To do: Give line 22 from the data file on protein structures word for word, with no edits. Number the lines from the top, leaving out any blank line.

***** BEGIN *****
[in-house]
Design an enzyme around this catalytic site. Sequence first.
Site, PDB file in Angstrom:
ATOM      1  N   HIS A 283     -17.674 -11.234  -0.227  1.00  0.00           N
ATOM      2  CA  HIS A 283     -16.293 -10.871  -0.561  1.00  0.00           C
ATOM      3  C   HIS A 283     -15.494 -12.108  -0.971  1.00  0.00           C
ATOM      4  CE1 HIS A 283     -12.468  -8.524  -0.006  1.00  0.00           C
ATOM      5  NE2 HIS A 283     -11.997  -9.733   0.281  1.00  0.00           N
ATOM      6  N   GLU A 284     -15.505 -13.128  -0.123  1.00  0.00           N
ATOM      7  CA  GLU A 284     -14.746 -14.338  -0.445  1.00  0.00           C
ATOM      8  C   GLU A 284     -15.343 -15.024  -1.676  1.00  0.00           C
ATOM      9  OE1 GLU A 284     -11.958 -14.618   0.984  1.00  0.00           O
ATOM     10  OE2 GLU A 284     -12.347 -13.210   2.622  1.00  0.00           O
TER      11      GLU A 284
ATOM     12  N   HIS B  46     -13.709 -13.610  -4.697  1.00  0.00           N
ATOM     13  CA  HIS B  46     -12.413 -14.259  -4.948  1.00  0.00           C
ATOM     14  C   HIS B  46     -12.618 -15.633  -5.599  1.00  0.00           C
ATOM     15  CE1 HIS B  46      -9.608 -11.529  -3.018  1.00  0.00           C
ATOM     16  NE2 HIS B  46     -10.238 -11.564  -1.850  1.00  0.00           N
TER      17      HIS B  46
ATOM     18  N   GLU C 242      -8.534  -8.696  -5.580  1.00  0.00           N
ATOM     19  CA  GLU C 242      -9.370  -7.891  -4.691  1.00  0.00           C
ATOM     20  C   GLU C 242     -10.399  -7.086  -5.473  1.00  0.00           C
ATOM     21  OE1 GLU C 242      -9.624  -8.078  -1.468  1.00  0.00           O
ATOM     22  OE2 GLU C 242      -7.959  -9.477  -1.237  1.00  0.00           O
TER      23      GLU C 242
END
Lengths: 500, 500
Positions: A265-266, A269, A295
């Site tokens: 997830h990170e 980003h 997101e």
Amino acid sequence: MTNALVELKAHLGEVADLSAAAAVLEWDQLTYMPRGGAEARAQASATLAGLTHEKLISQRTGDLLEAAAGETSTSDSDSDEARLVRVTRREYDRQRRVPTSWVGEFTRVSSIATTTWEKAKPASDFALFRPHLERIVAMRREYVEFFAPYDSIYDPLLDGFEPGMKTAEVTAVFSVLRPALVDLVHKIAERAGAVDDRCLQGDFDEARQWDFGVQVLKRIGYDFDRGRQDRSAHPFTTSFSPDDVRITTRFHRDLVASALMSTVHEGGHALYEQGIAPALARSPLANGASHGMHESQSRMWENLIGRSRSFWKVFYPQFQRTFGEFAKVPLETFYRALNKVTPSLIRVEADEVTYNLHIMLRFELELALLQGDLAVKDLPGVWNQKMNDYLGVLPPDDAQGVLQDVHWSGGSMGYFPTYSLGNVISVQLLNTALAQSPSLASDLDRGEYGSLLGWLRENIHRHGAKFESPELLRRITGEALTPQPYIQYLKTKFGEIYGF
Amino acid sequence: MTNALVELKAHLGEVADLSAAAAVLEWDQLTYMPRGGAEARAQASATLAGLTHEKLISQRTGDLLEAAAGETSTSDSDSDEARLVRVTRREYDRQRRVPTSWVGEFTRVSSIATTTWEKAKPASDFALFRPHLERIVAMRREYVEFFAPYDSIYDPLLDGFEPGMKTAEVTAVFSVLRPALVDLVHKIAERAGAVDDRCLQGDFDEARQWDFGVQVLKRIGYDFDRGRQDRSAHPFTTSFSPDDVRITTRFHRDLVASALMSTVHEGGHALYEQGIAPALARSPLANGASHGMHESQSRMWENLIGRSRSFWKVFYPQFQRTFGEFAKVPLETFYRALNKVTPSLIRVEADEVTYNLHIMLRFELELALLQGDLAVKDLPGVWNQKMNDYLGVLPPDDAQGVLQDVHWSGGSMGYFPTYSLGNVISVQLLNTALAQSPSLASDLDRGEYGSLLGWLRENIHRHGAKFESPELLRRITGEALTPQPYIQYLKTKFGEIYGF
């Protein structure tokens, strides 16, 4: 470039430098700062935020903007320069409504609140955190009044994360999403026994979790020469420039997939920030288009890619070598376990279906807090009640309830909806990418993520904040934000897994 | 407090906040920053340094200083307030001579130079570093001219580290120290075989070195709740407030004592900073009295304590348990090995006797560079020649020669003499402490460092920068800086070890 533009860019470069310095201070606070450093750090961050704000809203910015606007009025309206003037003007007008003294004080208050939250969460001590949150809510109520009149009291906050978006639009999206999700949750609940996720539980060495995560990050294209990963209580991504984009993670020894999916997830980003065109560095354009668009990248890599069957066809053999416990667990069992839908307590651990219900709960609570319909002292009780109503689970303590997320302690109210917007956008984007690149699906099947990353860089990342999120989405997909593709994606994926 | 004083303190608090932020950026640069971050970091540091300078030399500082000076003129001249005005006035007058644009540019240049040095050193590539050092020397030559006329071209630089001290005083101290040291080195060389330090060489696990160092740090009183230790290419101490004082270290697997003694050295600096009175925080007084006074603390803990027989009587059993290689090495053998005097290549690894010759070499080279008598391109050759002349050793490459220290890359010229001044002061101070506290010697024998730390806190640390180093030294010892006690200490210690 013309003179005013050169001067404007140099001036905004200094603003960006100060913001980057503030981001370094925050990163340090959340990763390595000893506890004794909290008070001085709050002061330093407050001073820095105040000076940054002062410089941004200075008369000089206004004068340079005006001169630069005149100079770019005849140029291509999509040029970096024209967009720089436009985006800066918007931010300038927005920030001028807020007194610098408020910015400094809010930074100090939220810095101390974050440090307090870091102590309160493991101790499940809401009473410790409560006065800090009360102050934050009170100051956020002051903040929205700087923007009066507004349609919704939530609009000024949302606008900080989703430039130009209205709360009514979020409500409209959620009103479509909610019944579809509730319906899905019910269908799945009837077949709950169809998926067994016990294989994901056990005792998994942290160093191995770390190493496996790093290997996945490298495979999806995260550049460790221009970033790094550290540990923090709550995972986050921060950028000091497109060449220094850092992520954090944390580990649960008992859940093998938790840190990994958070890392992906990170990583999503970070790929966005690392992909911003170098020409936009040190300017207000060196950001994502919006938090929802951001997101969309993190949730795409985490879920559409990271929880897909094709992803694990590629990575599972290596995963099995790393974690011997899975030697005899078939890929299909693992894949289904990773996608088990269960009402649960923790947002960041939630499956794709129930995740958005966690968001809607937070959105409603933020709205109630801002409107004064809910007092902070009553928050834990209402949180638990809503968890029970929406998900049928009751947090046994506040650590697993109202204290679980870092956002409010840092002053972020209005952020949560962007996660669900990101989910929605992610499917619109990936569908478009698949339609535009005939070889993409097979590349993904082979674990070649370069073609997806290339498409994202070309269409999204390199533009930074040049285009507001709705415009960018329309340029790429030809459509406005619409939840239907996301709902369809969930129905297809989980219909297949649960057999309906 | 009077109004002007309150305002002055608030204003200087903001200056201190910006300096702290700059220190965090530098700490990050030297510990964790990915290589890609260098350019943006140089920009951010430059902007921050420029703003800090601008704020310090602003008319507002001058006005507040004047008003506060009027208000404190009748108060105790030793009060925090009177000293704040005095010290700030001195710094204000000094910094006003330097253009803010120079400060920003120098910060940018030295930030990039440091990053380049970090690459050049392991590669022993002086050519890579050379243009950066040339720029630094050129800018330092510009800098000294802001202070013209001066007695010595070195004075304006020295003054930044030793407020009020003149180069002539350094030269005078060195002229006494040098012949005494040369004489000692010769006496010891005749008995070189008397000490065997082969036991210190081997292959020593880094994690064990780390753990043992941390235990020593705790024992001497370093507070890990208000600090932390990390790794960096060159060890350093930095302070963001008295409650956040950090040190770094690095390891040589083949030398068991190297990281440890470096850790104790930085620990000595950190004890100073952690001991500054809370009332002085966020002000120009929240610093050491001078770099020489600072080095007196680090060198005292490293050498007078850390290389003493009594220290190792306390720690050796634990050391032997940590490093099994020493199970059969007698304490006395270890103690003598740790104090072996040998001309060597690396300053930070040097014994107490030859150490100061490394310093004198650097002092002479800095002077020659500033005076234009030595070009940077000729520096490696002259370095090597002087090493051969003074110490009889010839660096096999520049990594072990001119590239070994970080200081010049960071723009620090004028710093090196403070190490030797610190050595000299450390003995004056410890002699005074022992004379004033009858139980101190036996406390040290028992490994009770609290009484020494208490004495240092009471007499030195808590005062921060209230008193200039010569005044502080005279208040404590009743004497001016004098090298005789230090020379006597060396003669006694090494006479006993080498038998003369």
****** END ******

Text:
ATOM     19  CA  GLU C 242      -9.370  -7.891  -4.691  1.00  0.00           C